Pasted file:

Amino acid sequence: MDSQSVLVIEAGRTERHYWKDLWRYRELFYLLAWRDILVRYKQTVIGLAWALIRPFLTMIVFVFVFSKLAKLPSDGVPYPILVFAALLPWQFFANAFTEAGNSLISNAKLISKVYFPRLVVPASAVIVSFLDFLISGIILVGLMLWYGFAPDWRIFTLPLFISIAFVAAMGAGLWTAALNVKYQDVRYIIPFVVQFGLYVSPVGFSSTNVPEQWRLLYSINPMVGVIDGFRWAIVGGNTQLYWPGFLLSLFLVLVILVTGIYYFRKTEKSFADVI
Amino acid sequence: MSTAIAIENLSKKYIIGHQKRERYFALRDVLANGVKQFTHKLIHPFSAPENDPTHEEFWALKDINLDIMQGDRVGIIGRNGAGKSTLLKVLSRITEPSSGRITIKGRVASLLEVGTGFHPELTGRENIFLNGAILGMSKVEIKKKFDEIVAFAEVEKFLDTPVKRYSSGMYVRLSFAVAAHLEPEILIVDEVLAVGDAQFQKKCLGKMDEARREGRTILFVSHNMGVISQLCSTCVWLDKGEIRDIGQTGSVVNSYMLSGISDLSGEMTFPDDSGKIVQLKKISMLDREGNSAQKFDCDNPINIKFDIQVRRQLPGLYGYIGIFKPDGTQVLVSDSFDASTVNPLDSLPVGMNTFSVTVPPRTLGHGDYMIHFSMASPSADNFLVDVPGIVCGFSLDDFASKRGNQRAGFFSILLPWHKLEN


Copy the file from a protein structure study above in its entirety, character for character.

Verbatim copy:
Amino acid sequence: MDSQSVLVIEAGRTERHYWKDLWRYRELFYLLAWRDILVRYKQTVIGLAWALIRPFLTMIVFVFVFSKLAKLPSDGVPYPILVFAALLPWQFFANAFTEAGNSLISNAKLISKVYFPRLVVPASAVIVSFLDFLISGIILVGLMLWYGFAPDWRIFTLPLFISIAFVAAMGAGLWTAALNVKYQDVRYIIPFVVQFGLYVSPVGFSSTNVPEQWRLLYSINPMVGVIDGFRWAIVGGNTQLYWPGFLLSLFLVLVILVTGIYYFRKTEKSFADVI
Amino acid sequence: MSTAIAIENLSKKYIIGHQKRERYFALRDVLANGVKQFTHKLIHPFSAPENDPTHEEFWALKDINLDIMQGDRVGIIGRNGAGKSTLLKVLSRITEPSSGRITIKGRVASLLEVGTGFHPELTGRENIFLNGAILGMSKVEIKKKFDEIVAFAEVEKFLDTPVKRYSSGMYVRLSFAVAAHLEPEILIVDEVLAVGDAQFQKKCLGKMDEARREGRTILFVSHNMGVISQLCSTCVWLDKGEIRDIGQTGSVVNSYMLSGISDLSGEMTFPDDSGKIVQLKKISMLDREGNSAQKFDCDNPINIKFDIQVRRQLPGLYGYIGIFKPDGTQVLVSDSFDASTVNPLDSLPVGMNTFSVTVPPRTLGHGDYMIHFSMASPSADNFLVDVPGIVCGFSLDDFASKRGNQRAGFFSILLPWHKLEN